More than a T-shirt shop
Dave McMahon, Senior Editor
January 23, 2012
Filed under Features
Tourists drawn to new Tombstone H-D store
Technically, Tombstone Harley-Davidson is known as an alternative retail outlet.
Call it what you want, but the new T-shirt shop in Tombstone, Ariz., is also a revenue stream. Bill Nash, the COO of RideNow Powersports, includes Harley-Davidson of Tucson among the portfolio of dealerships. It was his familiarity with the Harley riders of Arizona, however, that convinced him to add the Tombstone “T-shirt store” to his portfolio.
The cash register at the the 900 square-foot lease on the main drag of Allen Street in the “The Town That Never Dies” started chiming as soon as the doors unlocked in September.
“About 600,000 people a year go through the town,” Nash said. “If you sell 5 percent of them a T-shirt, that’s 30,000 shirts. In the first month, we did $62,000 in business.”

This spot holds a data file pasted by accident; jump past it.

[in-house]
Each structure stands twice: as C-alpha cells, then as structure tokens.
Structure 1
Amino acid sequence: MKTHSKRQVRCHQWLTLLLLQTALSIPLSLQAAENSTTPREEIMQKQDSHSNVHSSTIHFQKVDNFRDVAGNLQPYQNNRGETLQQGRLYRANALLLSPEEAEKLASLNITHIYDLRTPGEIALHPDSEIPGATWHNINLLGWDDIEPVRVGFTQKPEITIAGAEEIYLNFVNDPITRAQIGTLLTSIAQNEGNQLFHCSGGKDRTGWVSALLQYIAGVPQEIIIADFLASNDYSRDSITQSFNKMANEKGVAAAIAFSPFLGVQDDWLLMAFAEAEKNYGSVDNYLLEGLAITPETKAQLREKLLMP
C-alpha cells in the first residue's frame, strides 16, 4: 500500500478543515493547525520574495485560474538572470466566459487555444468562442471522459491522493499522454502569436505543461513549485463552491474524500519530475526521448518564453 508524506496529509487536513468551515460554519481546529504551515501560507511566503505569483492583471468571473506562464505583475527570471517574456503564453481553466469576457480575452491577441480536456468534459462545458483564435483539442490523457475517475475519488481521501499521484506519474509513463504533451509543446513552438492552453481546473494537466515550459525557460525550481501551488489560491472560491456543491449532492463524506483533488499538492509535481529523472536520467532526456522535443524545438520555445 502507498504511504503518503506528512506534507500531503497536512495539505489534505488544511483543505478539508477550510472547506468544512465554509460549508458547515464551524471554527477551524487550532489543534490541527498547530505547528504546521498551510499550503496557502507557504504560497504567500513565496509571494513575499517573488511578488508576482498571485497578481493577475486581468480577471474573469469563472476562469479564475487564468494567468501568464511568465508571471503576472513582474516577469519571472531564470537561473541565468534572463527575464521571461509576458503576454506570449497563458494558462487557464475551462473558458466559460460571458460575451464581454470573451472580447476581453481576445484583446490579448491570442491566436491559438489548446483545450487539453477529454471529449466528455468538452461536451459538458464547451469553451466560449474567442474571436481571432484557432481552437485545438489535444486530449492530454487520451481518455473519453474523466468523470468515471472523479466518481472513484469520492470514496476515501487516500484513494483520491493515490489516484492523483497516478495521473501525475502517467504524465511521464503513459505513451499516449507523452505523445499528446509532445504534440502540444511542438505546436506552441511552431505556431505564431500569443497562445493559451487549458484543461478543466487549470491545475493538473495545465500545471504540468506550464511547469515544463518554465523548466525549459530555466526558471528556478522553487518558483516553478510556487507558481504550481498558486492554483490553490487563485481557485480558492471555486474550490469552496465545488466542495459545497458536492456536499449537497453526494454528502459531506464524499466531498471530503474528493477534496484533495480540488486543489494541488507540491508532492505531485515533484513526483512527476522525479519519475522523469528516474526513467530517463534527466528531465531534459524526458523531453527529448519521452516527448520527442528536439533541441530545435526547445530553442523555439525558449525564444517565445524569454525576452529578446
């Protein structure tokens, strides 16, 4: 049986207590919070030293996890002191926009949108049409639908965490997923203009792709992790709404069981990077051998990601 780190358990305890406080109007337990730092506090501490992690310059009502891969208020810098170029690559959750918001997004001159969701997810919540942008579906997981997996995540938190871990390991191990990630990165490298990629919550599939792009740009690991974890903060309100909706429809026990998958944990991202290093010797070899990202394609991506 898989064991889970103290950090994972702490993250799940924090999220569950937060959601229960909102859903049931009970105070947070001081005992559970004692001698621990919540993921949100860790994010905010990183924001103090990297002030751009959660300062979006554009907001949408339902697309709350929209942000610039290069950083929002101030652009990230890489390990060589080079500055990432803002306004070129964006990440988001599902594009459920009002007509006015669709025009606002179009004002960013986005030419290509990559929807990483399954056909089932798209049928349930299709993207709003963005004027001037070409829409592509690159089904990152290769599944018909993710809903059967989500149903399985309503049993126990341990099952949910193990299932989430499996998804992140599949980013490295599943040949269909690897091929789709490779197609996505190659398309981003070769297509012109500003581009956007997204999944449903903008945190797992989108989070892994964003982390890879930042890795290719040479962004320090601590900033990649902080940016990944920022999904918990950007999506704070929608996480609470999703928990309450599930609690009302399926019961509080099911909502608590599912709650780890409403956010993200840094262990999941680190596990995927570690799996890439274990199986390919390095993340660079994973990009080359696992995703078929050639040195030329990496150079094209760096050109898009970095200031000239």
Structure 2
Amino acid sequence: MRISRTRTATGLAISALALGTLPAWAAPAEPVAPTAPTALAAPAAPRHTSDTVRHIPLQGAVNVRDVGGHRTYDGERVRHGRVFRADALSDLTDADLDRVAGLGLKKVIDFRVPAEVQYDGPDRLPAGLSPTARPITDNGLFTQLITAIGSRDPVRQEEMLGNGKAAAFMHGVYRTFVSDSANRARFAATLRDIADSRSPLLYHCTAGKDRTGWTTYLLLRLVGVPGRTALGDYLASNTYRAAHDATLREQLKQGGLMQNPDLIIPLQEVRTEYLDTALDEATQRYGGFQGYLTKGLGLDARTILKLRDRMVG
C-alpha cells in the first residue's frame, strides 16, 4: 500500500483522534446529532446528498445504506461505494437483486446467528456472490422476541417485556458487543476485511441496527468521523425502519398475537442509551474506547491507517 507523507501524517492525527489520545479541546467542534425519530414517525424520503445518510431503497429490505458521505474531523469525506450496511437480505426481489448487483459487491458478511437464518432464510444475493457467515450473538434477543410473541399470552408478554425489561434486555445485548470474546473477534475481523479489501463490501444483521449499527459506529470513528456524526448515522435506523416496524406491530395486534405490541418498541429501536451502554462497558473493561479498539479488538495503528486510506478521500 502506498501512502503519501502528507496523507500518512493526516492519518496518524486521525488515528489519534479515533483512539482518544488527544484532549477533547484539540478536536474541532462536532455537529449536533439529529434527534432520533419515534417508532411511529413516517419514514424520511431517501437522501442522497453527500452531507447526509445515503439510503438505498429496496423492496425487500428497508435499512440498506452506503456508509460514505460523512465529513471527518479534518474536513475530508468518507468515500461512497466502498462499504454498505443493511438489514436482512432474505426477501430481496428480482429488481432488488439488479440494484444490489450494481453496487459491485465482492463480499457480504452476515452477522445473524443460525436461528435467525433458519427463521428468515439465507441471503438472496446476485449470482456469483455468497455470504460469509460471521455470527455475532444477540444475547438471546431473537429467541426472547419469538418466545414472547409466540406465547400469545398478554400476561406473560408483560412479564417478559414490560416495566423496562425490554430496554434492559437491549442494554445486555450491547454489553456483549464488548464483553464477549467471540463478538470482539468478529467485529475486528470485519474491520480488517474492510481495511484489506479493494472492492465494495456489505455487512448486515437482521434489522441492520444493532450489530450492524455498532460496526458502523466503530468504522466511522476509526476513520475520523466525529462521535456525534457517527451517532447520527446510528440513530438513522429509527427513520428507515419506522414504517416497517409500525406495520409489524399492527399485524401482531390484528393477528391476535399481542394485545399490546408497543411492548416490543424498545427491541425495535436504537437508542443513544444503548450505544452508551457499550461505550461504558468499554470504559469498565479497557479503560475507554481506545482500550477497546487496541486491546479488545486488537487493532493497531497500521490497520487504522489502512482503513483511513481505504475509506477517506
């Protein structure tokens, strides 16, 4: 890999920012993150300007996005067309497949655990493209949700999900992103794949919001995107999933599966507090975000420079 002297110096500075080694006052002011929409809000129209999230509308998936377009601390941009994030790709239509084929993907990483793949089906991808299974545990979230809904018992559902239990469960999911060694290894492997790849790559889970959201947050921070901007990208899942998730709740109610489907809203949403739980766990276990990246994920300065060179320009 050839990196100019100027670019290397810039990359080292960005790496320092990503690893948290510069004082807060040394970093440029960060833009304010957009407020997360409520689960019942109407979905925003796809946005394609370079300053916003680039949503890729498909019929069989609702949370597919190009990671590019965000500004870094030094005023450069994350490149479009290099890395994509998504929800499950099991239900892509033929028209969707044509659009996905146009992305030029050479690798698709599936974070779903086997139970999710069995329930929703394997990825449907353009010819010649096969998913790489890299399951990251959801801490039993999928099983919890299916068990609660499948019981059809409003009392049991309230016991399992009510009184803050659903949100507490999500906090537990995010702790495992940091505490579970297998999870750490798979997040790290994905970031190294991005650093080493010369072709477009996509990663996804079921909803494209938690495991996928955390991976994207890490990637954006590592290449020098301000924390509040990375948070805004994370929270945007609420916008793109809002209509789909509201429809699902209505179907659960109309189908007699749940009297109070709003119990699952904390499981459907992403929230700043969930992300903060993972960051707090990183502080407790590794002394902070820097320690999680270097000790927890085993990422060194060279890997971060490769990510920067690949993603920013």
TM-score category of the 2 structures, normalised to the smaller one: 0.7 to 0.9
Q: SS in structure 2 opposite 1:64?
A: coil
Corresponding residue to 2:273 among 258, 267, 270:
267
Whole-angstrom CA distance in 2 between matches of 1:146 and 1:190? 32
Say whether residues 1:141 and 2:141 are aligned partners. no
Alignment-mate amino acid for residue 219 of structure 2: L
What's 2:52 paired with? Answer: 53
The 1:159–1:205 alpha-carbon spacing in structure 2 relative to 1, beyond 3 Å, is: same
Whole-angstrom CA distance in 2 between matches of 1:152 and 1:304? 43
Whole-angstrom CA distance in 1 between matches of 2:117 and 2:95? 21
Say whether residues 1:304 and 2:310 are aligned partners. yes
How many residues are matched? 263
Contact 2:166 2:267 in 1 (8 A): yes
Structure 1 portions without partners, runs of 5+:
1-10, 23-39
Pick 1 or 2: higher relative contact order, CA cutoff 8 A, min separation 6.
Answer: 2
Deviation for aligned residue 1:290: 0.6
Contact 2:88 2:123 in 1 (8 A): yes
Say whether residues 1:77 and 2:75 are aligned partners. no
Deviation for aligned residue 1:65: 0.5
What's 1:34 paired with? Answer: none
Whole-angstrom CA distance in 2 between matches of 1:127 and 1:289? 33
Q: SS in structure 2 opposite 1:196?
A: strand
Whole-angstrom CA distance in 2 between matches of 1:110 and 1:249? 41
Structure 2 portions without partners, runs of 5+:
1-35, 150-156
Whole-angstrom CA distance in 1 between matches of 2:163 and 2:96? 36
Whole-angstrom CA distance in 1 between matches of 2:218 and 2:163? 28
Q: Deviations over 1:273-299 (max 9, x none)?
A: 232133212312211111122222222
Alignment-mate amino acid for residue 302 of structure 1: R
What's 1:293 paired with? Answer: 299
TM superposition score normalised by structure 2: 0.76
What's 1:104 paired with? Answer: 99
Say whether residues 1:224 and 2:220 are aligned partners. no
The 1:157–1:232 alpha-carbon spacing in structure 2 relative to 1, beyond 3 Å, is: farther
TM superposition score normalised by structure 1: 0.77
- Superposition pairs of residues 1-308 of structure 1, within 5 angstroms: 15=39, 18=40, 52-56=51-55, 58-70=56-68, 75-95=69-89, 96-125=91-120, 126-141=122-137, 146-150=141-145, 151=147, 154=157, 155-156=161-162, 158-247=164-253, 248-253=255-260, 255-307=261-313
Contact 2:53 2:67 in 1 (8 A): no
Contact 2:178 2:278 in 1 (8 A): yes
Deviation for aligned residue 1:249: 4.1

For Helldorado Days, a summer festival and an institution in the town since 1929, Tombstone H-D was able to get the street closed, with bikes lined up and down the sides and in the thoroughfare.
“There are only two blocks in town, so you have to walk right past us on the way to the gunfights,” Nash said, referring to the tourist attractions and the famous gunfight at the O.K. Corral.
The Tombstone store is a property of Tucson H-D, but the shirts are available exclusively in Tombstone. Shops in the Arizona towns of Prescott and Sedona have similar arrangements. And there’s a market for the taking, as the T-shirts start in price at about $30, all with custom shirt backs.
“About 75 percent of the tourists that go through Tombstone are European — German particularly,” Nash said.
A ride promotion among the Harley-Davidson stores in Tucson, Sierra Vista and Tombstone allows riders to collect pins at each stop, and show them at the end to be eligible for a special three-shirt package.
“For our grand opening ride the first weekend of October, we went from Tucson to Sierra then Tombstone, and we ended up with 300 riders,” Nash said. “People were complaining that their saddlebags were too full by the time they left Sierra Vista to go to Tombstone.”
And that was a sign of things to come.